The attributes of the Indo-Pacific region are also highly critical for India, Dr. De remarked. It accounts for 62 percent of the world’s GDP and 46 percent of its merchandise trade. The trade of all Indo-Pacific countries amounts to about $ 19 trillion. The Indo-Pacific has all the ingredients to generate regional trade and investment opportunities, thereby benefitting the people globally. The Indo-Pacific has been the world’s leading Foreign Direct Investment source as well as destination. FDI promotes production networks through locating different stages of a production processes across countries. Therefore, it makes sense for the region to forge wide regional cooperation frameworks to ensure smooth FDI flows. Due to Indo-Pacific’s maritime connectivity, development of the port infrastructure has also been a growing priority. Several Indo-Pacific countries are currently building new port facilities. India has taken an ambitious port-led development project, Sagarmala, which offers an important example for the Indo-Pacific region.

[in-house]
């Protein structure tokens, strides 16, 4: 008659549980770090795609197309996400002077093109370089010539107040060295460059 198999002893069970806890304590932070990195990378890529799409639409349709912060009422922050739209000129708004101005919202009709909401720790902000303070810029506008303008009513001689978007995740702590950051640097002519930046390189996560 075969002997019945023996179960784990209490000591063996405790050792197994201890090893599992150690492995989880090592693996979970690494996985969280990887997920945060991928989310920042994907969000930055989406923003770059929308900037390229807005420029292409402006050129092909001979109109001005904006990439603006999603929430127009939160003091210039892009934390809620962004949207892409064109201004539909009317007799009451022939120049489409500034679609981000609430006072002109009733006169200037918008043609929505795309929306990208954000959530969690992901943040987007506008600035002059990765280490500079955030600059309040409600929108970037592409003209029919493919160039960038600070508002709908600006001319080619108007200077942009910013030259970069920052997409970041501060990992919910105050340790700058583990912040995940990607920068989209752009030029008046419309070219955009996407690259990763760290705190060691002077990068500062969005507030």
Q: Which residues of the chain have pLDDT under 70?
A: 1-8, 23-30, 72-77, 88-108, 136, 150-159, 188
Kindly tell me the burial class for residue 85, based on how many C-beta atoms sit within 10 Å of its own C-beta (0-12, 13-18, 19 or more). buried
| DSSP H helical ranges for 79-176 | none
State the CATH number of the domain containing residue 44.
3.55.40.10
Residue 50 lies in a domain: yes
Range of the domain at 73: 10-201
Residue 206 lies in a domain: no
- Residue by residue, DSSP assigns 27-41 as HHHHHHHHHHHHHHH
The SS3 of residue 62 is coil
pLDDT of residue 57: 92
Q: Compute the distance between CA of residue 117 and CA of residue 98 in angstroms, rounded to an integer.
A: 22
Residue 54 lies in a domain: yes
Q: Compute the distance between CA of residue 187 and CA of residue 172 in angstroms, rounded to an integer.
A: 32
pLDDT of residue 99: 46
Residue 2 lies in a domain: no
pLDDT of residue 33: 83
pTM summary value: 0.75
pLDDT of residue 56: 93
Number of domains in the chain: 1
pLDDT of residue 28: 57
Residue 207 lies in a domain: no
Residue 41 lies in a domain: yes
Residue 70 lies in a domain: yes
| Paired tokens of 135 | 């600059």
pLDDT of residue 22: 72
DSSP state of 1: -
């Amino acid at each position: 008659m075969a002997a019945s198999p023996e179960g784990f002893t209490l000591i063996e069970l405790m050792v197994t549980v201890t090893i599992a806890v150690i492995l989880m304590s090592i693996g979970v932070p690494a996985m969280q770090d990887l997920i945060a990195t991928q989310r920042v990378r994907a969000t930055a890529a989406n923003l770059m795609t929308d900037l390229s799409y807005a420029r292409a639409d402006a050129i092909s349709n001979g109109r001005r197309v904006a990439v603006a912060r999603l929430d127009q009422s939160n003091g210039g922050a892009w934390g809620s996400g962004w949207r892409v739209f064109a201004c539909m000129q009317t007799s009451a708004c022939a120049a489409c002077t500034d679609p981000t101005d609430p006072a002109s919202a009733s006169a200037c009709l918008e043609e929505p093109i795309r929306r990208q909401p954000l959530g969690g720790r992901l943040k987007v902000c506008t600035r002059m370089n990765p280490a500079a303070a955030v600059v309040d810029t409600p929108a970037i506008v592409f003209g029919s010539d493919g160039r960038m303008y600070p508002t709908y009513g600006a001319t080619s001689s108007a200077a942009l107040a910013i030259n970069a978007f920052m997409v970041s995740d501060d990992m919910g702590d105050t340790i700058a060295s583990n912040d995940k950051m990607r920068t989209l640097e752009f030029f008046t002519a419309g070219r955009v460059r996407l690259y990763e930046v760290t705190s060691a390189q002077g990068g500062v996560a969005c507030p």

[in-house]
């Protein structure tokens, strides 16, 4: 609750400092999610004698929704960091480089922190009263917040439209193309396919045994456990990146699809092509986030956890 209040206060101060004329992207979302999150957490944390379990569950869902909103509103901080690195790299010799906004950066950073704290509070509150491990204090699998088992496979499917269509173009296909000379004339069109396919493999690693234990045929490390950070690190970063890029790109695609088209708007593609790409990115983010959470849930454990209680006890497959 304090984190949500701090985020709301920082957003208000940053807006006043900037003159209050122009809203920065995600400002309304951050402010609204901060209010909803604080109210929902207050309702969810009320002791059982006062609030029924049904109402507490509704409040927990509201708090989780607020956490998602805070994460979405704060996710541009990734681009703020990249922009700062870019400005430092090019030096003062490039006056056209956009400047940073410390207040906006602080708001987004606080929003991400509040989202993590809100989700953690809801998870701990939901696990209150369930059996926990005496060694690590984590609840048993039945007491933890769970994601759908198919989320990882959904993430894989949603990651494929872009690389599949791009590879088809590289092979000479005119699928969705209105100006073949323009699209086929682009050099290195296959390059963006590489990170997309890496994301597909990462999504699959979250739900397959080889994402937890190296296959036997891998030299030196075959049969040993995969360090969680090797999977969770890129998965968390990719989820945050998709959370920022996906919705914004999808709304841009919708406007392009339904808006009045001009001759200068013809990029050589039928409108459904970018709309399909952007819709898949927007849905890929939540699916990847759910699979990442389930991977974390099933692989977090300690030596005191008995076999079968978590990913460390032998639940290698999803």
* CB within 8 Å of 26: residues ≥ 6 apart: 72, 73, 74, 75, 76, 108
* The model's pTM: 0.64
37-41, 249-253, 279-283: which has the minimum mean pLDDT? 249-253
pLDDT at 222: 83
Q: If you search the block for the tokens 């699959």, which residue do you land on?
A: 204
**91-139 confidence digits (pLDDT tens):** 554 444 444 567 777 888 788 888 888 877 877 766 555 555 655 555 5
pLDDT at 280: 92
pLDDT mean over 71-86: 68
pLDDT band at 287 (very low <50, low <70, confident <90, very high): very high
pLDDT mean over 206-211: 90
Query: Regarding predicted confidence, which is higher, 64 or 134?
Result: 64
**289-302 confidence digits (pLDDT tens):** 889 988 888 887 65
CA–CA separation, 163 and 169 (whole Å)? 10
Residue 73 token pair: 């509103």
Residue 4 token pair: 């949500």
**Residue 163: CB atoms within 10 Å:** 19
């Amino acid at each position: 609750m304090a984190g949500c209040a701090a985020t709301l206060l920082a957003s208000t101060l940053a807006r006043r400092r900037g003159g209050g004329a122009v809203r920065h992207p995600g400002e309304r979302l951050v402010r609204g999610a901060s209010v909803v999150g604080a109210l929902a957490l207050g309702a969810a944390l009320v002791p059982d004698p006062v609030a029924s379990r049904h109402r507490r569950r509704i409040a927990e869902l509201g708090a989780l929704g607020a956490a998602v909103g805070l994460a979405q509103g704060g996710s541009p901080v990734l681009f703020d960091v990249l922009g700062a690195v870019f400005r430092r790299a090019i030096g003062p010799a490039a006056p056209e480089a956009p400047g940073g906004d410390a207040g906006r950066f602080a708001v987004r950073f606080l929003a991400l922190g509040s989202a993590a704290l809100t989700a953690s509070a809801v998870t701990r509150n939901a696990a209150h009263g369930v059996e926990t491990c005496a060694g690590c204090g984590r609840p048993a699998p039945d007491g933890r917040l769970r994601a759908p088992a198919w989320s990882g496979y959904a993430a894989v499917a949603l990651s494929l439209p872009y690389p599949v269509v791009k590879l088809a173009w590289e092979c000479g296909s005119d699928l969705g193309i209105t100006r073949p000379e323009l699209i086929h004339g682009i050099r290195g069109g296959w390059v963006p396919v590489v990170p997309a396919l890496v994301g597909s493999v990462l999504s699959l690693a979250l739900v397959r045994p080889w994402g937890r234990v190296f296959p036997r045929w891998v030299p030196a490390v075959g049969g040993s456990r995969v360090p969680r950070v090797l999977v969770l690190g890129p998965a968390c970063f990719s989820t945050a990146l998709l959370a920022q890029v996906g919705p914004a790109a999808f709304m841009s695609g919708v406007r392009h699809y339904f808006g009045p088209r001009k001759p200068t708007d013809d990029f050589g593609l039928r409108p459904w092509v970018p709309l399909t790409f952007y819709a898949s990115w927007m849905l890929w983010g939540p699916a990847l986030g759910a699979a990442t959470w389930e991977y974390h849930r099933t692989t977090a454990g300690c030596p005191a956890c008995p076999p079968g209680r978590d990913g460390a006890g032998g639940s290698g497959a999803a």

In the first seven five-year plans, trade in India was influenced by an inward-looking trade strategy. This strategy also came to be known as the import-substitution policy. It aimed to boost domestic production and protect domestic products from international competition. Post 1991, although, India opened its economy to boost international trade, it continues to face challenges from international competition. Several emerging economies like Bangladesh are replacing the Indian market with superior quality products that meet the global standards. India’s historical stance of having a benign foreign policy gave its neighbours a first-mover advantage. In terms of trade, this has often posed a challenge for Indian entrepreneurs. The SME sector finds it increasingly difficult to enhance their exports as they circumnavigate trade barriers in the United States, ASEAN region and the neighbourhood. In spite of being members of the World Trade Organisation, certain countries continue to target Indian exports with barriers. As India aims to reach $ one trillion of global exports in 2024 from $ 323 billion in 2020, it cannot merely depend on trade and customs reforms.